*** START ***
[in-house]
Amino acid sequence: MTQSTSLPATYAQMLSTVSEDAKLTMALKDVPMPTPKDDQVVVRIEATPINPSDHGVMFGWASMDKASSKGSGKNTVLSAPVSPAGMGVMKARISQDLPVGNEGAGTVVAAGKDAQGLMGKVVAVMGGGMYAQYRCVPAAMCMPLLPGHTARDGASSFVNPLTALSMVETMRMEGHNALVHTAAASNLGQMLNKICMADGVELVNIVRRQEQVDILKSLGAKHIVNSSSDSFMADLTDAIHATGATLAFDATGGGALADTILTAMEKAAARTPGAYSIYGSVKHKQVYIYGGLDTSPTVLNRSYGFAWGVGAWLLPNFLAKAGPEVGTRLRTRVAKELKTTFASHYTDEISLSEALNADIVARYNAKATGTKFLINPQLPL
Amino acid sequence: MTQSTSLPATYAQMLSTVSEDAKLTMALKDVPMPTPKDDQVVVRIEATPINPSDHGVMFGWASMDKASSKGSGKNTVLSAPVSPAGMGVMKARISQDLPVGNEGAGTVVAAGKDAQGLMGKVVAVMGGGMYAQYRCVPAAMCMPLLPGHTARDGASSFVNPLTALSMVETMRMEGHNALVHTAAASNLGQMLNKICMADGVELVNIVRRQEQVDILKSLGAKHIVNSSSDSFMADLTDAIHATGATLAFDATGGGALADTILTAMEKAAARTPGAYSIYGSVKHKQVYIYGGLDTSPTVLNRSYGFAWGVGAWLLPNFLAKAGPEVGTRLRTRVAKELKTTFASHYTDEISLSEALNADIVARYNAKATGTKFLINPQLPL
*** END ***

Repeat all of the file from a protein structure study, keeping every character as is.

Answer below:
[in-house]
Amino acid sequence: MTQSTSLPATYAQMLSTVSEDAKLTMALKDVPMPTPKDDQVVVRIEATPINPSDHGVMFGWASMDKASSKGSGKNTVLSAPVSPAGMGVMKARISQDLPVGNEGAGTVVAAGKDAQGLMGKVVAVMGGGMYAQYRCVPAAMCMPLLPGHTARDGASSFVNPLTALSMVETMRMEGHNALVHTAAASNLGQMLNKICMADGVELVNIVRRQEQVDILKSLGAKHIVNSSSDSFMADLTDAIHATGATLAFDATGGGALADTILTAMEKAAARTPGAYSIYGSVKHKQVYIYGGLDTSPTVLNRSYGFAWGVGAWLLPNFLAKAGPEVGTRLRTRVAKELKTTFASHYTDEISLSEALNADIVARYNAKATGTKFLINPQLPL
Amino acid sequence: MTQSTSLPATYAQMLSTVSEDAKLTMALKDVPMPTPKDDQVVVRIEATPINPSDHGVMFGWASMDKASSKGSGKNTVLSAPVSPAGMGVMKARISQDLPVGNEGAGTVVAAGKDAQGLMGKVVAVMGGGMYAQYRCVPAAMCMPLLPGHTARDGASSFVNPLTALSMVETMRMEGHNALVHTAAASNLGQMLNKICMADGVELVNIVRRQEQVDILKSLGAKHIVNSSSDSFMADLTDAIHATGATLAFDATGGGALADTILTAMEKAAARTPGAYSIYGSVKHKQVYIYGGLDTSPTVLNRSYGFAWGVGAWLLPNFLAKAGPEVGTRLRTRVAKELKTTFASHYTDEISLSEALNADIVARYNAKATGTKFLINPQLPL